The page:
Vendor Profile: Keith, Part Two

[Editor’s note: Read part one here.]

I have always had this instinct in me to move to a different place, to not just settle where I was. I love to travel. I love to go to places. I used to go to places on that Greyhound bus, but I was still suffering from my addiction, which was my alcohol and crack cocaine addiction. I lived on Skid Row in Los Angeles, California; I lived on Skid Row in Minneapolis, Minnesota; I lived on Skid Row in Las Vegas, Nevada—in New Orleans; in Atlanta, Georgia in Richmond, California; in Denver, Colorado. I lived on Skid Row in Seattle. But later I based myself in Tacoma, Washington—a nice little country town, everything was small, and it was good. Easy to get around, not a lot of death threats. And I have been in many detoxes. Every time, I am willing to work it, and every time I fell back it was because I got into a state and stage of homelessness. That is what drags you down.

I met this girl one day, she was from Iceland. Icelandic. She was a tough cookie. Now, she could run other men, but she couldn’t run me. We lived in California for four months, and it was good, but it was dreadful, if you know what I mean. We kicked together and stayed together for a while and then she was getting ready to come to Boston. I said I was ready to change. She helped me get here, and then she left me five days later.

I have been in every shelter in Boston—Anchor Inn, Pine Street, the Kingston House, Harborlight. I have stayed in shelters for two years and 47 days. And I have been clean for two years and 47 days, too!

Boston is the start of me growing up again. My goal is to get my own place—to be a man and stand on my own two feet, to get my stability back and reclaim my name. To take care of myself as a man, like I always wanted to.

Right now, I’m taking one class at Boston University—a toastmaster class. I’m in school and I’m doing pretty well. I’m not going to settle for mediocrity, I’m not going to settle for less. I’m going to demand my fullest potential to come forth as I go along and keep going forward. One of my goals in life is to become a professional motivational speaker, to help homeless men around the world get to where they need to be. Because homeless men, no matter where they are in life, they’re my family. And I know I have something to give to them and share with them that can help them break the cycle of brokenness in their life; that can give them hope. Sometimes it can take just one word to ignite the fire. Everyone ends up homeless for a different reason.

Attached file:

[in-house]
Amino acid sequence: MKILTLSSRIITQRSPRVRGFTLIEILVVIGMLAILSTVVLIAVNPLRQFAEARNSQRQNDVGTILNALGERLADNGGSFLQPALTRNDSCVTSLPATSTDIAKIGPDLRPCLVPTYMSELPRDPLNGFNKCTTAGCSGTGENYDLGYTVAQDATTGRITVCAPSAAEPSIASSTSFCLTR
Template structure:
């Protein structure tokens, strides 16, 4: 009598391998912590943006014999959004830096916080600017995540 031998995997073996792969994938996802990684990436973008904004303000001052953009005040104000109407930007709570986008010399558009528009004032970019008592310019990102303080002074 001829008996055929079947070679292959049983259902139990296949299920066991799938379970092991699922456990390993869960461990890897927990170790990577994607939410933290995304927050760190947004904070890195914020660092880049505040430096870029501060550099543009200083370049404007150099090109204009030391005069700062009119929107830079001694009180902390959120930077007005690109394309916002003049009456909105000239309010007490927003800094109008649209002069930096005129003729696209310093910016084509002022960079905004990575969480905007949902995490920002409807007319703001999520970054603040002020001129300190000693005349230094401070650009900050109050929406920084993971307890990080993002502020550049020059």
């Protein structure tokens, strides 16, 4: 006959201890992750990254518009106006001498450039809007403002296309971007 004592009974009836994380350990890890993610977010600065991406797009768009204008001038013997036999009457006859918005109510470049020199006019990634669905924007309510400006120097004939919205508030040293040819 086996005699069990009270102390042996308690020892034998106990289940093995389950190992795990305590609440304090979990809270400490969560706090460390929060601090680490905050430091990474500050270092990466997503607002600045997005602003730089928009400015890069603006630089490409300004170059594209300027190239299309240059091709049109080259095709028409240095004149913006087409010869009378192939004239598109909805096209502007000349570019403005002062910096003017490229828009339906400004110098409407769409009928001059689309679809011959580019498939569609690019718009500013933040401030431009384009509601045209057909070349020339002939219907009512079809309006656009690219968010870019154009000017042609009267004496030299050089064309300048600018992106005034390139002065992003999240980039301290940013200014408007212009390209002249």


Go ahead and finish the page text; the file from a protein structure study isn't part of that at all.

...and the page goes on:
I started selling SPARE CHANGE NEWS last year. Selling the newspaper has given me an entrepreneurial spirit and confidence. It has helped me be able to buy my necessities: toothbrush, toothpaste and shoes. It is not an easy place to sell, but it is a job and guess who’s my boss! I mean you’re going to have people who’ll look down on you—the haters—but that’s their stuff. Because what people think of me is none of my business. I sell in Copley Square, in front of the New Balance shoe store. It is called New Balance, and it is just something about that spot right there. Balancing your life—mentally, physically, emotionally, spiritually, and financially—in new ways is a new balance. That is why I’m here.

I want to put some roots down in Boston, but it is sometimes hard because of people’s ignorance of African Americans. Take Alcoholics Anonymous—it is not easy to go into a room where white folks think that, because you’re black, you’re not supposed to know anything. You’re just supposed to be dumb and illiterate. They still have that mindset of the past. I don’t want to talk about race too much, but no one is is interested in your dream if they can’t be part of it. It is ignorance and self-centeredness. Selfishness and self-centeredness is the root of everybody’s problems.

Everything in life is a process. Right now I’m in a process of recovery, in a process of staying sober, in a process of rebuilding myself from the inside out. I’m trying to get into a better lifestyle: recreating and rebuilding, renewing my mind, bringing out the great things I have within me. What’s really made me want to recreate myself is my need to get out my despair – the pain that I created and that happened for so many years. I am truly grateful today because I know I have come a long ways and when I look back over my life I believe there’s a higher being, a higher power, in the universe that has looked over my life and taken care of me when I couldn’t take care of myself.

It has been a life’s journey and, like Mike Tyson, you’ve got to take the punches. But failure isn’t final and we can’t live our lives afraid to fail. I believe that in every man and woman, every boy and girl, is a fundamental goodness. In order to make that goodness into greatness, you got to cultivate it and feed it. Because you’re only going to get out what you put in.







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